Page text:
Conservation news on St. Croix 360 is supported by the St. Croix River Association, which works to protect, restore and celebrate the St. Croix River and its watershed.
The National Park Service is reporting that blue-green algae blooms have been spotted in the lower St. Croix River:
Blue-green algae blooms have been seen on the lower St. Croix River. If the water has visible layers of algae or is green or discolored, it is best to avoid contact with the it. Some algae blooms have the potential to form toxins that pose health risks.
The algae blooms are are caused by a combination of warm weather, excessive nutrients like phosphorus and nitrogen in the water, and lots of bright sunlight. Reducing phosphorus and other nutrients is a major challenge in Lake St. Croix, with several agencies working to protect the water.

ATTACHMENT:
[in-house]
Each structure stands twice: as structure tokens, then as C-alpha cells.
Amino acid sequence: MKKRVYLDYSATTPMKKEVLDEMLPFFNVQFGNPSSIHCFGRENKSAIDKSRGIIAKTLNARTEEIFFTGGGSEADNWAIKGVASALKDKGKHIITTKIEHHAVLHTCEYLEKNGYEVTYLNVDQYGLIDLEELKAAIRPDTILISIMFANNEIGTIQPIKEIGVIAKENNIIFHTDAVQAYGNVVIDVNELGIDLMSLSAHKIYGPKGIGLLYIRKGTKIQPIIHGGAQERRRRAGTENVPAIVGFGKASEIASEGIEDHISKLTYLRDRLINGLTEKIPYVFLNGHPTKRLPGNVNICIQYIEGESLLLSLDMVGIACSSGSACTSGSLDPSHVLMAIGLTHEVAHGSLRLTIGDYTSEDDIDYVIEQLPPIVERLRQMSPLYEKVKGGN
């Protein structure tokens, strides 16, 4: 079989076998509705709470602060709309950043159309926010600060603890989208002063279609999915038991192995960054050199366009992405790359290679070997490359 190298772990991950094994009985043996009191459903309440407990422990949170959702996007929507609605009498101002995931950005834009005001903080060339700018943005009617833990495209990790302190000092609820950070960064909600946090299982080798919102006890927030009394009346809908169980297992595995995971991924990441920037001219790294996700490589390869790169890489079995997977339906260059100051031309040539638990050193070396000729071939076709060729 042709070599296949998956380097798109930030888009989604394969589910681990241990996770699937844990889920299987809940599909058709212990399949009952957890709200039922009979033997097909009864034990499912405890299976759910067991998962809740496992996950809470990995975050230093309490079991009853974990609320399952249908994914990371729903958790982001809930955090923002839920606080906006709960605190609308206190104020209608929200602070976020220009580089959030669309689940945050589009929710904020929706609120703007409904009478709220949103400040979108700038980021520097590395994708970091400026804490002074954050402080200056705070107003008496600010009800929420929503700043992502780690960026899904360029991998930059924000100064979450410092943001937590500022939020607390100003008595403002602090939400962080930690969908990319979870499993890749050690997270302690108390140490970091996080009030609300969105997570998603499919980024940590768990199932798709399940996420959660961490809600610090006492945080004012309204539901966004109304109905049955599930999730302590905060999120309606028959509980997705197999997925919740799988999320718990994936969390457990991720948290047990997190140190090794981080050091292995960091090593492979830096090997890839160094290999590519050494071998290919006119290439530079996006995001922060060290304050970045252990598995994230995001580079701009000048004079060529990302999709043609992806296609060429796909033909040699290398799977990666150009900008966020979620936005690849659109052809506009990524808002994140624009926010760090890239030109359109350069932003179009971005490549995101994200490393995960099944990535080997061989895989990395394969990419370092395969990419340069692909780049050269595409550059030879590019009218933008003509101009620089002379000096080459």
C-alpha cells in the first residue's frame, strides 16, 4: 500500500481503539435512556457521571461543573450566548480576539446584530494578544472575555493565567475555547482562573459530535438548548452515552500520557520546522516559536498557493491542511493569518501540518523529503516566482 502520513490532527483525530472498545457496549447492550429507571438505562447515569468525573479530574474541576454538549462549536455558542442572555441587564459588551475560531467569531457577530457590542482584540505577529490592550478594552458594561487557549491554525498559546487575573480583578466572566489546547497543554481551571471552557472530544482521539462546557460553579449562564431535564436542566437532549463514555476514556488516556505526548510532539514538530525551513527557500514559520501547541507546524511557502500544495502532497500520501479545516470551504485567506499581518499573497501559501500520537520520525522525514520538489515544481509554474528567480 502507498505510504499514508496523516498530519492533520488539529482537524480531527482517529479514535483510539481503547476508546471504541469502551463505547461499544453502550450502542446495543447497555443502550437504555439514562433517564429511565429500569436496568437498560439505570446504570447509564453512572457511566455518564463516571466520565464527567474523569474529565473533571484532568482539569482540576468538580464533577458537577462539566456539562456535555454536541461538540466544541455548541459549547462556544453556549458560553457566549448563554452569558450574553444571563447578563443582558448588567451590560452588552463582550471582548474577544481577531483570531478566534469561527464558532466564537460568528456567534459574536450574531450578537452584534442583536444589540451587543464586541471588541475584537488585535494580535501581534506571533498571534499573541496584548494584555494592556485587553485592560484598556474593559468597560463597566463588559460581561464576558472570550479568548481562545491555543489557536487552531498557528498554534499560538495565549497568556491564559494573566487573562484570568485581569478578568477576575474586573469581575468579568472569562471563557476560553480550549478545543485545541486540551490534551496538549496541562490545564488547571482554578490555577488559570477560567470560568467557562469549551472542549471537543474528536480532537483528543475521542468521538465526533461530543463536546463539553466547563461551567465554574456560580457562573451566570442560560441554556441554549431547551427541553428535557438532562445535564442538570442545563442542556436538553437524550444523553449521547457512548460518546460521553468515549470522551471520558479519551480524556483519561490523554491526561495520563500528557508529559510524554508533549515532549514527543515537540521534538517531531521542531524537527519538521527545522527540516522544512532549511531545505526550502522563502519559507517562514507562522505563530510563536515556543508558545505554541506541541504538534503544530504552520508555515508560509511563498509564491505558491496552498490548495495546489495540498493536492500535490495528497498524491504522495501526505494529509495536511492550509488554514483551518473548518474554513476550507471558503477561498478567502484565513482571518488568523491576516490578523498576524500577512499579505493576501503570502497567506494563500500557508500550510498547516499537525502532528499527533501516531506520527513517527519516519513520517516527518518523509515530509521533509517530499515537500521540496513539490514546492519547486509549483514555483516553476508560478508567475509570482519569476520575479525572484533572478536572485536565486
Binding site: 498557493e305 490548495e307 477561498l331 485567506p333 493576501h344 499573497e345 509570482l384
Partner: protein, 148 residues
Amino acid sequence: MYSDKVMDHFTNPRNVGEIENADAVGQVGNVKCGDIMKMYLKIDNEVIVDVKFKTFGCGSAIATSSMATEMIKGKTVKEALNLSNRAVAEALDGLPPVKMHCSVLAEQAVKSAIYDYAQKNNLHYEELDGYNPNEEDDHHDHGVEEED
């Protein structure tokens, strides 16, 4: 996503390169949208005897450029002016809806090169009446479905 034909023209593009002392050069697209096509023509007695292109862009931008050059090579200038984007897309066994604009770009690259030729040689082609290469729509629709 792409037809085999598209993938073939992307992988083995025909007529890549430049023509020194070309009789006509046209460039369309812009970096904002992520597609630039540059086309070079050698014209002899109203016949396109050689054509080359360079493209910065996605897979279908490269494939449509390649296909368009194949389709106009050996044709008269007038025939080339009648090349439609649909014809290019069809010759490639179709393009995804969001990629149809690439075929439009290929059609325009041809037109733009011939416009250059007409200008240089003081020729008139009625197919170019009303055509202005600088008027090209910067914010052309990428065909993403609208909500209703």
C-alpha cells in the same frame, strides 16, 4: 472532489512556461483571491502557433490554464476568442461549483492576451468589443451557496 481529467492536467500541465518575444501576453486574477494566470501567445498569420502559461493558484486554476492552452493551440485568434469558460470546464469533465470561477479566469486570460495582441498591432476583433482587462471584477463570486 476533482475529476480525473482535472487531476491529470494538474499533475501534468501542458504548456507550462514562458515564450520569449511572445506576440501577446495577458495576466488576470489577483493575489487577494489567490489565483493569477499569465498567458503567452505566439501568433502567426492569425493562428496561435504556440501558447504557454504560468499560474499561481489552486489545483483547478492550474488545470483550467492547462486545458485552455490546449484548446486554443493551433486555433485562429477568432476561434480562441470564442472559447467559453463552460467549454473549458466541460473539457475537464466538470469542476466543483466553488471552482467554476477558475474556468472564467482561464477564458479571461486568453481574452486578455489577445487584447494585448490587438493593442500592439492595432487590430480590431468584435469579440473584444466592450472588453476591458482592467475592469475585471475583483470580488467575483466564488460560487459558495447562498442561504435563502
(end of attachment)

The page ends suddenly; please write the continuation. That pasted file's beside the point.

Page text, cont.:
People and pets should stay away from blue green algae blooms. Coming in contact with the algae can cause skin irritation and respiratory problems. Rinse off after swimming and make sure your pets don’t drink the water. More information about the risks is available here.
Help Prevent Algae Blooms
St. Croix River region citizens can do several things to help improve water quality in the river:
- Don’t use fertilizers on your lawn and garden — or at least use low-phosphorus products
- Make sure your septic system is working — and empty it every two to three years
- Use rain barrels and rain gardens to filter water before it runs off your property
- Support farming practices that help protect clean water